Monday, 15 September 2008

Fuming about no smoking.

What makes the stereotypical Frenchie? I'll let you think about this for a minute....

Things that come to mind: poodle, striped shirt, baguette under the arm, glass of wine, cigarette and "I don't give a crap about anyone else".

I'll admit, I was a (heavy) social smoker in my young life but it was all part of the too much alcohol/everyone's doing it thing of my youth. It only took two months of living with my heavy-smoking future-semi-non-smoking husband for me to never want to touch a cigarette again. While I was pregnant, the two things that made me want to hurl were fish and cigarettes.

Since the beginning of 2008, all public spaces including restaurants in France are non-smoking (ha ha like the train stations and airports have been for years but you wouldn't have guessed it, right?). Jérôme (who had secretly taken up smoking again) and I met this with great pleasure because it meant we could actually go out to public places with our toddler and not have to worry about her smelling like a bar when we got home. Now, aren't you imagining how lovely it is to have a glass of wine on a French sidewalk café? Well, it's not. It seems the pestilence that used to fill the inside of cafés has migrated outside.

So when I go to the one and only dog shit free park in Lille and parents are puffing away on the playground and dropping their mégots not only where my kid plays but where THEIR kids play, I am astonished and disgusted and want to take their mégots and shove them somewhere. But what's an American smokophobic to say? I come from the country of extremes...New York sidewalks are so clean* that you could eat off of them (one of the great pleasures of going home is not having to look down all the time but I digress).

I guess this is just that French laissez-faire, personal liberties, self-interest. But I'm French too. What's wrong with me?

*cleanliness is a relative concept

8 comments:

annette said...

Jeez, u are so right!:)! But frankly I found Lille quite clean, I know I am living here just few weeks so maybe I didn't see everything but comparing with Reims where I lived before is much, much cleaner.

Leah said...

Hey. Been reading your blog for a bit now. Just had to speak up because this is something that really gets my chevre, pardon my French. I've never been a smoker myself, but the majority of my friends in college were, so I've been around it a lot. And it sucked. However, as much as my friends smoked, they were also considerate of me and people they didn't even know. If I told them it was really bothering me(which it has the tendancy to do), they would go outside or move to the other corner of the room or whatever would help. And they didn't hang out right at the entrance of a building or underneath a bus stop because they were just too lazy to move their fesses elsewhere. I think that's what gets me, how inconsiderate I find it and how ignorant people here are. The majority of my French friends here are also smokers and even with me, they just don't seem to be aware of how thoughtless it is to smoke right in front of people and how bad it is for them. When I get my own place, you'd better believe they will be fuming outside! Rant over.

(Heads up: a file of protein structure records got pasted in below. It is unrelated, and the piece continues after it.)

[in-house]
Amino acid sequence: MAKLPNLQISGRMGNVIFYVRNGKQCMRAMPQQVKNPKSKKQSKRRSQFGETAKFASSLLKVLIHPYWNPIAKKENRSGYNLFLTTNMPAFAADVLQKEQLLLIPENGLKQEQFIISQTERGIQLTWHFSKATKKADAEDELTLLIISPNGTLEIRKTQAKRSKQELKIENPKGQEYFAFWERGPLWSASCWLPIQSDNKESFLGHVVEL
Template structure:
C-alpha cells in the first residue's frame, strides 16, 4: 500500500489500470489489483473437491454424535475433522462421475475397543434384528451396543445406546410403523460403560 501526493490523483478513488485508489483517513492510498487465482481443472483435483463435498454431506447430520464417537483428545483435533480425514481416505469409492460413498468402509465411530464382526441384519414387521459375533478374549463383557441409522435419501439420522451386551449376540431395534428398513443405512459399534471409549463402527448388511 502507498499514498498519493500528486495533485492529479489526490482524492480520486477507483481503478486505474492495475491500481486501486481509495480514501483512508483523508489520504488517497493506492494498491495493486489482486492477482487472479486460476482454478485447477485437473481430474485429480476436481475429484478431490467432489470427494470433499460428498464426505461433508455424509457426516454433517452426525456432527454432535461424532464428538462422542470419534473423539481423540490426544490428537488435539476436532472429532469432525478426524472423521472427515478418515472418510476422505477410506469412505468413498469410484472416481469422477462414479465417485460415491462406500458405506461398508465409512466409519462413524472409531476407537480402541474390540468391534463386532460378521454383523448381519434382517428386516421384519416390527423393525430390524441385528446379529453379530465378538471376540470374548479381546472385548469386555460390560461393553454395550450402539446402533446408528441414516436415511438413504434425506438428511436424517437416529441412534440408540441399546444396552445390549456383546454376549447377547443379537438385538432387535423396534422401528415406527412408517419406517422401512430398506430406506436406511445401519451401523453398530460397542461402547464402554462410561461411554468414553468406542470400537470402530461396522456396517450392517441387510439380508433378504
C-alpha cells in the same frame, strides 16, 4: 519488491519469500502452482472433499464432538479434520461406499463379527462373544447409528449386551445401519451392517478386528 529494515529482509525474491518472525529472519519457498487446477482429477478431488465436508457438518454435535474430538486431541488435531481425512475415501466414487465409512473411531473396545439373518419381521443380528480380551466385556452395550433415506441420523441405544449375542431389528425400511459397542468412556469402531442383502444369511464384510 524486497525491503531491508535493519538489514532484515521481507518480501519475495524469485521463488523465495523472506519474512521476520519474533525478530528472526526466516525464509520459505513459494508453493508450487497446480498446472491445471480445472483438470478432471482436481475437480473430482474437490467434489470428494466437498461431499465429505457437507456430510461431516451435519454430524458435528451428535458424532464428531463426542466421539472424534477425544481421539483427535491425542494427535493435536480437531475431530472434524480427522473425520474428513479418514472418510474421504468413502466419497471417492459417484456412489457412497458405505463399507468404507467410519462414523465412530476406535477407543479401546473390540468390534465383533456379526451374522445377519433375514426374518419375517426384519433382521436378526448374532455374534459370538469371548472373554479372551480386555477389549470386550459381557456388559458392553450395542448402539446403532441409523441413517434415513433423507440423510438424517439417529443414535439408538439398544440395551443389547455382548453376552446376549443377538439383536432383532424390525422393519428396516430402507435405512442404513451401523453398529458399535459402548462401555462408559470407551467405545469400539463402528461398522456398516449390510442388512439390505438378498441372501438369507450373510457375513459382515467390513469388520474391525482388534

Sincerely yours,
also fuming about fume-ing!

wcs said...

Old habits die hard...

Elisabeth said...

Interestingly, I posted stuff about the recently imposed smoking-ban at my university this week. It has resulted in students' protests, and our union has announced that it will contest this unilateral decision on the part of the State System of Higher Education.

Your post reminded me of two things, both of which happened at Charles de Gaulle:

1. I have seen a number of times, at that airport, people smoking right under a "No Smoking" sign.

2. Once, returning to the U.S. with my daughter who was still at the tail end of a bad bout with the chicken pox, we were in line in front of a fat French pig who was smoking and blowing smoke in our faces and, right behing him was a "No Smoking" sign. I told him that this was a non-smoking space, and he sent me to hell, and we literally started yelling at each other. This was most unpleasant - the guy was absolutely convinced of his right to smoke. The French have this tendency to think that the law is fine, but that it seldom applies to them.

Papadesdeux said...

As an ex-smoker, I try to be as tolerant as I can with the poor suckers who haven't been able to quit. I totally understand how hard it is. As in agonizingly. But I am flabbergasted by the number of parents I see smoking around their young kids. Smart people. And I want to scream, have you read the statistics on second hand smoke.

But it isn't just France, I've seen the same in the US.

Sigh. But it does feel good to rant about it.

Reb said...

I was flabbergasted when a pregnant friend didn't stop smoking. Why? Her doctor told her it would be more of a stress on the baby to completely stop than to just cut down. Um, yeah. Welcome to France.

Elisabeth said...

When I was growing up, everyone in my family smoked, even my uncle, who was a medical doctor. My cousin Jean, who is a doctor too, was a smoker until a few years ago. Now, every has quit, except my oldest cousin, Luc. The poor sucker has to go have his "cloppe" in the garden whenever we have our yearly cousins' reunion!

NewWrldYankee said...

I think it is just engrained in the French to smoke. When my friend went there for a family stay back in high school - there were smoke breaks in the middle of class. Those for the students and teacher, alike! Not to mention, when Allison left the family, as a gift, they gave her an engraved cigarette lighter. "For WHEN she starts smoking."

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